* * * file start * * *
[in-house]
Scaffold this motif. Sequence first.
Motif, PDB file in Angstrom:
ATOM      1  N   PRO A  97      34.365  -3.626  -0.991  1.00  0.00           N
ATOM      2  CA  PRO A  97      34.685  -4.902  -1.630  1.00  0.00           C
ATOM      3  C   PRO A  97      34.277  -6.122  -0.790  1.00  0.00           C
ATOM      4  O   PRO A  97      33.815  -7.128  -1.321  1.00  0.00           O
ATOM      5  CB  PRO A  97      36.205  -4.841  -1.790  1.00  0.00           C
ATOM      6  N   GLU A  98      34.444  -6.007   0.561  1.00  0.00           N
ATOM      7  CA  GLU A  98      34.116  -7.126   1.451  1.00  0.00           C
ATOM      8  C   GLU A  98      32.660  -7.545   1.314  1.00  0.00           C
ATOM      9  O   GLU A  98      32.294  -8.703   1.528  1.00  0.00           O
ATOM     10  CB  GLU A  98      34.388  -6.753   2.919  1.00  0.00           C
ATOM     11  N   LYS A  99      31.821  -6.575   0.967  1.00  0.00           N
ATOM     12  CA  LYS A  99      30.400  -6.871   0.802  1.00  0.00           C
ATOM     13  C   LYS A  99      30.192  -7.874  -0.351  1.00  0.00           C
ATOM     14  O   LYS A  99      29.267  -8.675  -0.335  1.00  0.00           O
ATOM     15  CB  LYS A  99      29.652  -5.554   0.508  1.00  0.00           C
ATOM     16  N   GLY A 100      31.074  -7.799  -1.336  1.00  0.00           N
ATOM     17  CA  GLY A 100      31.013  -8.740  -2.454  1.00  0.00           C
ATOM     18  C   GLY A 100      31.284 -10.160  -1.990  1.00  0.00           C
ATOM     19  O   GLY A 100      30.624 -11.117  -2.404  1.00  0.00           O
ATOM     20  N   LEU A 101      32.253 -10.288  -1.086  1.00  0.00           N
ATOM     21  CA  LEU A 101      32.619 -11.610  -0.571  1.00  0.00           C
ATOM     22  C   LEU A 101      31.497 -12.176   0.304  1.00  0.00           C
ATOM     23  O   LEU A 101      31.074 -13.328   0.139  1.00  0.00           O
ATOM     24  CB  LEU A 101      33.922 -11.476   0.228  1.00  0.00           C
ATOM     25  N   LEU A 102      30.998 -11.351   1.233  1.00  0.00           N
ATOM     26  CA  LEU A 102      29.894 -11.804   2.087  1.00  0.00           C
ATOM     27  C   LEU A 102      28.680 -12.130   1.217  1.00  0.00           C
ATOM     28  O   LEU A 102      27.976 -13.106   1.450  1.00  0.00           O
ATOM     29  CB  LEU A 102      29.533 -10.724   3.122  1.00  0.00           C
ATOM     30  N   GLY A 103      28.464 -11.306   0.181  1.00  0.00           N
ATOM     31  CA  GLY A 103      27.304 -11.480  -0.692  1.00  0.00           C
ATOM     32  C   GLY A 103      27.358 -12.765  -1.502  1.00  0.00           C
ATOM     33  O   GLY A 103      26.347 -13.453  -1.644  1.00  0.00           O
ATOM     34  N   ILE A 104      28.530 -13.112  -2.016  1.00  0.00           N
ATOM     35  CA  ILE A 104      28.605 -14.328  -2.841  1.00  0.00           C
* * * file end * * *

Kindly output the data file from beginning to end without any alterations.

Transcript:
[in-house]
Scaffold this motif. Sequence first.
Motif, PDB file in Angstrom:
ATOM      1  N   PRO A  97      34.365  -3.626  -0.991  1.00  0.00           N
ATOM      2  CA  PRO A  97      34.685  -4.902  -1.630  1.00  0.00           C
ATOM      3  C   PRO A  97      34.277  -6.122  -0.790  1.00  0.00           C
ATOM      4  O   PRO A  97      33.815  -7.128  -1.321  1.00  0.00           O
ATOM      5  CB  PRO A  97      36.205  -4.841  -1.790  1.00  0.00           C
ATOM      6  N   GLU A  98      34.444  -6.007   0.561  1.00  0.00           N
ATOM      7  CA  GLU A  98      34.116  -7.126   1.451  1.00  0.00           C
ATOM      8  C   GLU A  98      32.660  -7.545   1.314  1.00  0.00           C
ATOM      9  O   GLU A  98      32.294  -8.703   1.528  1.00  0.00           O
ATOM     10  CB  GLU A  98      34.388  -6.753   2.919  1.00  0.00           C
ATOM     11  N   LYS A  99      31.821  -6.575   0.967  1.00  0.00           N
ATOM     12  CA  LYS A  99      30.400  -6.871   0.802  1.00  0.00           C
ATOM     13  C   LYS A  99      30.192  -7.874  -0.351  1.00  0.00           C
ATOM     14  O   LYS A  99      29.267  -8.675  -0.335  1.00  0.00           O
ATOM     15  CB  LYS A  99      29.652  -5.554   0.508  1.00  0.00           C
ATOM     16  N   GLY A 100      31.074  -7.799  -1.336  1.00  0.00           N
ATOM     17  CA  GLY A 100      31.013  -8.740  -2.454  1.00  0.00           C
ATOM     18  C   GLY A 100      31.284 -10.160  -1.990  1.00  0.00           C
ATOM     19  O   GLY A 100      30.624 -11.117  -2.404  1.00  0.00           O
ATOM     20  N   LEU A 101      32.253 -10.288  -1.086  1.00  0.00           N
ATOM     21  CA  LEU A 101      32.619 -11.610  -0.571  1.00  0.00           C
ATOM     22  C   LEU A 101      31.497 -12.176   0.304  1.00  0.00           C
ATOM     23  O   LEU A 101      31.074 -13.328   0.139  1.00  0.00           O
ATOM     24  CB  LEU A 101      33.922 -11.476   0.228  1.00  0.00           C
ATOM     25  N   LEU A 102      30.998 -11.351   1.233  1.00  0.00           N
ATOM     26  CA  LEU A 102      29.894 -11.804   2.087  1.00  0.00           C
ATOM     27  C   LEU A 102      28.680 -12.130   1.217  1.00  0.00           C
ATOM     28  O   LEU A 102      27.976 -13.106   1.450  1.00  0.00           O
ATOM     29  CB  LEU A 102      29.533 -10.724   3.122  1.00  0.00           C
ATOM     30  N   GLY A 103      28.464 -11.306   0.181  1.00  0.00           N
ATOM     31  CA  GLY A 103      27.304 -11.480  -0.692  1.00  0.00           C
ATOM     32  C   GLY A 103      27.358 -12.765  -1.502  1.00  0.00           C
ATOM     33  O   GLY A 103      26.347 -13.453  -1.644  1.00  0.00           O
ATOM     34  N   ILE A 104      28.530 -13.112  -2.016  1.00  0.00           N
ATOM     35  CA  ILE A 104      28.605 -14.328  -2.841  1.00  0.00           C